I wonder why isn’t the name Yahweh mentioned anywhere in the NT? We only see Christ calling him Father in the gospels as well as the apostles addressing Him in the same way. Has it been omitted anywhere in various translations? For a new believer isn’t it essential to know that the Father God mentioned throughout in the NT happens to be Yahweh of the OT?
YHWH or Yaweh is a Jewish word. The New Testament was written in Greek and Yaweh is not a Greek word. This is sufficient explanation for why the word is not found anywhere in the New Testament. Even if Jesus or an apostle had used the word in their conversations in Aramaic, it probably would not have been carried over into a Greek New Testament. By the way, for your information, God is NOT only referred to as Father in the New Testament. He is also referred to as God (Greek Theos), which is the closest equivalent in Greek to Yaweh, although one could argue that there really is no equivalent to Yaweh in Greek, as God/Theos is a fairly generic word and Yaweh is unique to the Jewish God. God is also called Lord (archon) in the New Testament and other words as well.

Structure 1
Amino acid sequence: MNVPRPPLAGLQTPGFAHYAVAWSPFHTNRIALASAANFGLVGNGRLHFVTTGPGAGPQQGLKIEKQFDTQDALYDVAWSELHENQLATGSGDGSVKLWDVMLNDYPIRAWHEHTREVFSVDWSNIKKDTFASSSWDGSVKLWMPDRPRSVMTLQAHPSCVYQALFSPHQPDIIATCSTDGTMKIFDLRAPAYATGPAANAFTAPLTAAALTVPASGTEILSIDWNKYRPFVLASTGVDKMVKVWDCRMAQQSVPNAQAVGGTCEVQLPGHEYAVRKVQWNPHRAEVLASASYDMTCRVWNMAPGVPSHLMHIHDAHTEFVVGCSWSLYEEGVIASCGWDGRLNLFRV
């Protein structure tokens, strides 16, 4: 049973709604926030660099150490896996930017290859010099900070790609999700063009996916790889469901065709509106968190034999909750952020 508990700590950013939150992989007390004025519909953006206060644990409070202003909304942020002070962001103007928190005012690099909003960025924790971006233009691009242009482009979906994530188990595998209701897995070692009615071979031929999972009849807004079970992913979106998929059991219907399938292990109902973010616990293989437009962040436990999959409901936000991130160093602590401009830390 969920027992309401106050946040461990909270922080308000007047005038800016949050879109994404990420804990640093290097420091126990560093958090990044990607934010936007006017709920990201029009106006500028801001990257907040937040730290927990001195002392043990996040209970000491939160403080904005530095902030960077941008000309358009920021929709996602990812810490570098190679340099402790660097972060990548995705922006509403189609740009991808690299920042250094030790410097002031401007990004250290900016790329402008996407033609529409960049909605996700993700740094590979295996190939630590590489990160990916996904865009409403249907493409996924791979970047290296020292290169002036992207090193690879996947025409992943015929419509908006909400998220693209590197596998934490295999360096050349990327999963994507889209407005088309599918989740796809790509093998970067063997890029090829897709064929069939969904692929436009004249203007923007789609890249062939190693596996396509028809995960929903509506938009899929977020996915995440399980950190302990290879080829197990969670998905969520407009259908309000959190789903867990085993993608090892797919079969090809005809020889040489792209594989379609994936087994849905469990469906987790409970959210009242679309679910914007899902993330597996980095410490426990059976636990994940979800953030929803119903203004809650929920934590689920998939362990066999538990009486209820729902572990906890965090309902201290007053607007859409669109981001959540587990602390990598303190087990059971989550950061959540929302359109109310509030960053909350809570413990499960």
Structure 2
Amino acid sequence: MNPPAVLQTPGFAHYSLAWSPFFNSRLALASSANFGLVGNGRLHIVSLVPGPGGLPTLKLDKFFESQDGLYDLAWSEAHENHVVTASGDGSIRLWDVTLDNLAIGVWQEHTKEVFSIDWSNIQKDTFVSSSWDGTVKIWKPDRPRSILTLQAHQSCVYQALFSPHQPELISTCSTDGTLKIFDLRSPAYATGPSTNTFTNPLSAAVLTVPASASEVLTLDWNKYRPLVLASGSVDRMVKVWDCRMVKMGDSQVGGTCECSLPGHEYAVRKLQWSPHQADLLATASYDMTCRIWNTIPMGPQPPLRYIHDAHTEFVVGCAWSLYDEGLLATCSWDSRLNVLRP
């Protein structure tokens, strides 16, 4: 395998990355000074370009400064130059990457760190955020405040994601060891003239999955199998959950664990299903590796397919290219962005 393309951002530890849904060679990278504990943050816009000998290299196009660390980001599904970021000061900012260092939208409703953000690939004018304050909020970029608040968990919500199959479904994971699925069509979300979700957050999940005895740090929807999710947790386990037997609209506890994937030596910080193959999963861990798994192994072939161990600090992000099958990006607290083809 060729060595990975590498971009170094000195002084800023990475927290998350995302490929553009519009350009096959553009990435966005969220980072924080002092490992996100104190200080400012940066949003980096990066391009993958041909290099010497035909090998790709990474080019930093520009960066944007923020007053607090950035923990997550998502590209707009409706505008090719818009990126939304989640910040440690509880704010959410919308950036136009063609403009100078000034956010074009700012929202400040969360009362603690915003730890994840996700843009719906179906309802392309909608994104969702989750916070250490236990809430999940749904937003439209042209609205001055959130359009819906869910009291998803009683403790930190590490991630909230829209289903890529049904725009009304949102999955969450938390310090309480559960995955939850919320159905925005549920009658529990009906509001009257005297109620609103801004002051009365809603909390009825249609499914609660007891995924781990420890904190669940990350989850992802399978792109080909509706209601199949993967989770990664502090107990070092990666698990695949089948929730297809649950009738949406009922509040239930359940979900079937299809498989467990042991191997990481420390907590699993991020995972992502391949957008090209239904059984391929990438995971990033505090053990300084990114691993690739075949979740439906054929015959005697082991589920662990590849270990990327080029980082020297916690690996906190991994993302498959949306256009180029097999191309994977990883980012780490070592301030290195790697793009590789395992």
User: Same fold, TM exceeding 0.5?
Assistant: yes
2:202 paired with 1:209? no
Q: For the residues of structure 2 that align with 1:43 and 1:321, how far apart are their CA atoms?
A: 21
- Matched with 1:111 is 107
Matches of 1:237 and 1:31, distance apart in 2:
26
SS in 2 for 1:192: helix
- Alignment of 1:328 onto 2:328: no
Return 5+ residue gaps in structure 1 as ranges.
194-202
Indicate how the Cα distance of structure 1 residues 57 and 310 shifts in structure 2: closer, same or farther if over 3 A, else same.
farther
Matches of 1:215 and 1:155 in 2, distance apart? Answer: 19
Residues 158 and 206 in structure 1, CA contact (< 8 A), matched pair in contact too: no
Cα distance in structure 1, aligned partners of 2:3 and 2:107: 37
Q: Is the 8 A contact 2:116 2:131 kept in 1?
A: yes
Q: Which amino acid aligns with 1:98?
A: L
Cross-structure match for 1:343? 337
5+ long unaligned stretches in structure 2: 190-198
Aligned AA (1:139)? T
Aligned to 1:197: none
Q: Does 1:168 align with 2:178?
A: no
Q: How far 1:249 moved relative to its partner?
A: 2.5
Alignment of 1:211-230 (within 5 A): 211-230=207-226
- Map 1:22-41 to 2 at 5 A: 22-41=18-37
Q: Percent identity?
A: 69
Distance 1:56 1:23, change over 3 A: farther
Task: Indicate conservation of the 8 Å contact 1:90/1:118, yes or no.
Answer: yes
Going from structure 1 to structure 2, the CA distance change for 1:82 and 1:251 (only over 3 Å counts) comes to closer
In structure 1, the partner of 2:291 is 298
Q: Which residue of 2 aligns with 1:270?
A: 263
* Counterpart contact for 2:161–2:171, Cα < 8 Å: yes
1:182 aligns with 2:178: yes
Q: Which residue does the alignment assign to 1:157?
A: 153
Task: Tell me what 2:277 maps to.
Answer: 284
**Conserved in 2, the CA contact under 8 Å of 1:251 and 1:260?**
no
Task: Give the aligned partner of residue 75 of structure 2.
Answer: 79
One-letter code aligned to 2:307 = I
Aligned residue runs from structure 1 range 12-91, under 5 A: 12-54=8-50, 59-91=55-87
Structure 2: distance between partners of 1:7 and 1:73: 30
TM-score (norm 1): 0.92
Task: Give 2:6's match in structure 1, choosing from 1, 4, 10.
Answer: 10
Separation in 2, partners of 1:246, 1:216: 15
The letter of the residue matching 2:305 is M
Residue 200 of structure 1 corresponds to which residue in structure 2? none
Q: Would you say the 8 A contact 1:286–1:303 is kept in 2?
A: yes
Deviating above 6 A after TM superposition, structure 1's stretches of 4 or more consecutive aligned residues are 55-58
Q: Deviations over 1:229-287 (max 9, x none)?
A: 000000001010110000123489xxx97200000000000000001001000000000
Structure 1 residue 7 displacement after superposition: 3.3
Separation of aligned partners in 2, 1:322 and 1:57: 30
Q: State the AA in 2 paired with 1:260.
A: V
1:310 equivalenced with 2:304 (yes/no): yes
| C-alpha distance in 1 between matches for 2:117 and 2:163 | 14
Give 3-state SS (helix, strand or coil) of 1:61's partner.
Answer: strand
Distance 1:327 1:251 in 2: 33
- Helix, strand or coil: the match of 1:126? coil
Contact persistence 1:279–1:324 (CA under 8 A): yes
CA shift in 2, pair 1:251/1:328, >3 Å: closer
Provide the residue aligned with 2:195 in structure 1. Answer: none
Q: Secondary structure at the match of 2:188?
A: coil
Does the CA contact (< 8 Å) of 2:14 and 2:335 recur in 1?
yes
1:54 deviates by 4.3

There is no evidence that I have ever seen that a Greek or Aramaic word similar to Yaweh was omitted from the New Testament. If you are in an Arabic-speaking country God is called Allah. If you are in a Spanish-speaking country, God is called dios. The actual word used for God is not an important issue in Christianity, at least if we take the Bible as our example. For the Christian, it is fairly common knowledge that God is called YHWH in the Old Testament, although some translations do not transliterate the word. I do not think this is an essential doctrine of Christianity for you to worry about, although knowledge of the words used to refer to God in the Old and the New Testament is something you should make yourself aware of. Just so you know, in English translations of the Old Testament, YHWH is most commonly translated as Lord rather than Jehovah, although some translations do prefer Jehovah. There is much discussion about the best way to translate into English, taking into account Jewish sensitivity to the word YHWH being said out loud or put on paper. This is an interesting issue, but as far as I know, it has little if any importance in our translations of the Greek New Testament.